Forest and river in the Elan Valley
Two people taking two dogs for a walk, walking over a bridge with autumnal trees in the background
Elan Valley Dams

Preseli Mountain and Coast

Distance: 75km / 46 miles

Climb: 1,500m / 5,000ft

Preseli Mountain and Coast route map

This is the perfect way to get acquainted with wilder, Welsher parts of North Pembrokeshire. The outbound coastal route (hillier than it sounds…) runs through Ceibwr and past St Dogmaels Abbey before heading inland to the highest pass in the Preseli Mountains. Drop into the stunning Gwaun Valley and have a pint at the legendary Bessie's to galvanise you for a fearsome climb up the hairpins behind the pub, which lead back to Newport.

Gospel and Tumble

Distance: 95km / 60 miles

Climb: 1,600m / 5,250ft

Gospel and Tumble route map

Tick off two iconic climbs on one circular ride from the pretty borders town of Hay-on-Wye. First up is Gospel Pass, the highest tarmac road in Wales, cutting between Hay Bluff and Twmpa. The descent past Llanthony Priory is a useful breather before you hit Abergavenny and the slog up the Tumble. From here it’s largely downhill home, giving you a chance to enjoy Mid Wales scenery at its best.

Ride the Dragon

Distance: 298km / 185 miles

Climb: 4,500m / 14,750ft

Ride the Dragon route map

The Dragon Ride is one of the UK’s toughest sportives. Even the ultra-fit will struggle to finish its flagship route, the Devil Dragon (note: shorter and slightly less monstrous routes are also available, mercifully). And yet we’ve listed it because it contains several of the best climbs in Britain: Bwlch and Rhigos at the top of Rhondda, moorland treks across the central Brecon Beacons and through the lonely Abergwesyn Pass, fearsome slogs up the Devil’s Elbow AND Devil’s Staircase (both aptly named), the lovely climb up the Black Mountain from Llangadog… they’re all included. Taken individually, they’re all wonderful. Taken back-to-back … well, that’s just a beast.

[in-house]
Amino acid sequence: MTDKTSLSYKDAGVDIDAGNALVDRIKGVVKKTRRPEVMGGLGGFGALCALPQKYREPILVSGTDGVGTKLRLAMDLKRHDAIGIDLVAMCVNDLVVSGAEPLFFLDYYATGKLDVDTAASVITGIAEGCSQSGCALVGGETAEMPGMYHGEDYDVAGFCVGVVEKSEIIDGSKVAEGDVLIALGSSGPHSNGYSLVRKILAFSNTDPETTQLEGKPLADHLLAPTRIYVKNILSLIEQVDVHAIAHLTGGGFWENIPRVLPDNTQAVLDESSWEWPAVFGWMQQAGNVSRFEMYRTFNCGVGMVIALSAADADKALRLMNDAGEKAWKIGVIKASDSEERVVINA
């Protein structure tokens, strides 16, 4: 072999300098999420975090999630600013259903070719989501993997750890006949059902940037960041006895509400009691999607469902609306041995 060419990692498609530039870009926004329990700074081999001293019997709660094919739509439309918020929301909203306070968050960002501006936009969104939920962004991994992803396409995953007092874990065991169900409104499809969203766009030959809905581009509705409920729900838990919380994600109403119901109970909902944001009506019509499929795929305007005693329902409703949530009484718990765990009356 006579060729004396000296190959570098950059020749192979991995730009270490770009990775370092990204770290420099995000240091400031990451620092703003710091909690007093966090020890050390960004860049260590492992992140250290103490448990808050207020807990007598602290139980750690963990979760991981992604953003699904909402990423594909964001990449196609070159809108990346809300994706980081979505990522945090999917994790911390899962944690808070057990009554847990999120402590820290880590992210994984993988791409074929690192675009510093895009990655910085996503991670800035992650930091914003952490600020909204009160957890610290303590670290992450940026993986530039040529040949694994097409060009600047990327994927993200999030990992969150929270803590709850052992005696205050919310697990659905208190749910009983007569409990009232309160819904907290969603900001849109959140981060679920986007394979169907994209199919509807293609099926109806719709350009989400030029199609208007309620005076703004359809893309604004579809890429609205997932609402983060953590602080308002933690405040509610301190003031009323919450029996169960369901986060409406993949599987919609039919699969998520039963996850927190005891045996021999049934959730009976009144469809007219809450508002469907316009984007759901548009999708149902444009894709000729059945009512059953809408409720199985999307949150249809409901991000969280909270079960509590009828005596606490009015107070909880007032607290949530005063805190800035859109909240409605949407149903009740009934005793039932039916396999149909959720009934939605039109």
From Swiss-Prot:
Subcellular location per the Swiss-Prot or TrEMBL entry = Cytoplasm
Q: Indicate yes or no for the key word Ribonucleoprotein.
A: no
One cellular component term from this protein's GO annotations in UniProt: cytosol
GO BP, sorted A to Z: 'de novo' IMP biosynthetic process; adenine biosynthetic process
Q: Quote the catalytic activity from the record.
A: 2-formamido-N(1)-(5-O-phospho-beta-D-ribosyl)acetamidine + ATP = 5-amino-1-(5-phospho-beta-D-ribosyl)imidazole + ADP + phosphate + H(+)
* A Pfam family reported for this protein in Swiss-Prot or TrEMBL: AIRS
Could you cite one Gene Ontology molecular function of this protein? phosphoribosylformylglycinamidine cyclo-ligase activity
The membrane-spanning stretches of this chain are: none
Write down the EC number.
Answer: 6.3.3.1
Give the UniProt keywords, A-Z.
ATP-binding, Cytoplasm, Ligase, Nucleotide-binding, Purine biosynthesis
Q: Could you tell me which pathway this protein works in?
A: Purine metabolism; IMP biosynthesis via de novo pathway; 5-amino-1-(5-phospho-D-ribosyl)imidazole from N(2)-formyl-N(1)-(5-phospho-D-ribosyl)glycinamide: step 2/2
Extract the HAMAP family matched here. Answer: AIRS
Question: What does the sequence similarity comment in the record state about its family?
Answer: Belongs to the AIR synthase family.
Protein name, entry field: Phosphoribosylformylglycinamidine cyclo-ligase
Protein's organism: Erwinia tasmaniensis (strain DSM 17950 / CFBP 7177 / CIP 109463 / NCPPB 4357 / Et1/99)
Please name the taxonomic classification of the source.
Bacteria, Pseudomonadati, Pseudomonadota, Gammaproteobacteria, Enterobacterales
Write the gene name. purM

Moutain bike wheels in view with biker looking over cliff ledge
Two mountain bikers overlooking a wooded valley.
Brecon Beacons and Caerphilly

Bwlch y Groes

Distance: 55km / 34 miles

Climb: 900m / 2,950ft

Bwlch y Groes route map

Bwlch y Groes is often said to be Wales’ highest tarmac road - Gospel Pass just pips it, actually - but it’s still a grand climb up from Llyn Tegid through the mountains to the Bwlch. Ride around Lake Vyrnwy, and return via the heather-clad hills of the Hirnant Pass.

The Brailsford Way

Distance: 120km / 75 miles

Climb: 1,900m / 6,200ft

The Brailsford Way route map

The guru of British cycling, Sir Dave Brailsford, grew up in Snowdonia and learnt his trade on these spectacular mountain roads. This is the longer of two routes – the shorter one ducks out at pretty Beddgelert - but either will give you wonderful views of Snowdon itself. A good start/end point is Caernarfon, whose thumping great castle dominates the skyline.

Stone houses and bridge in Beddgelert by the river.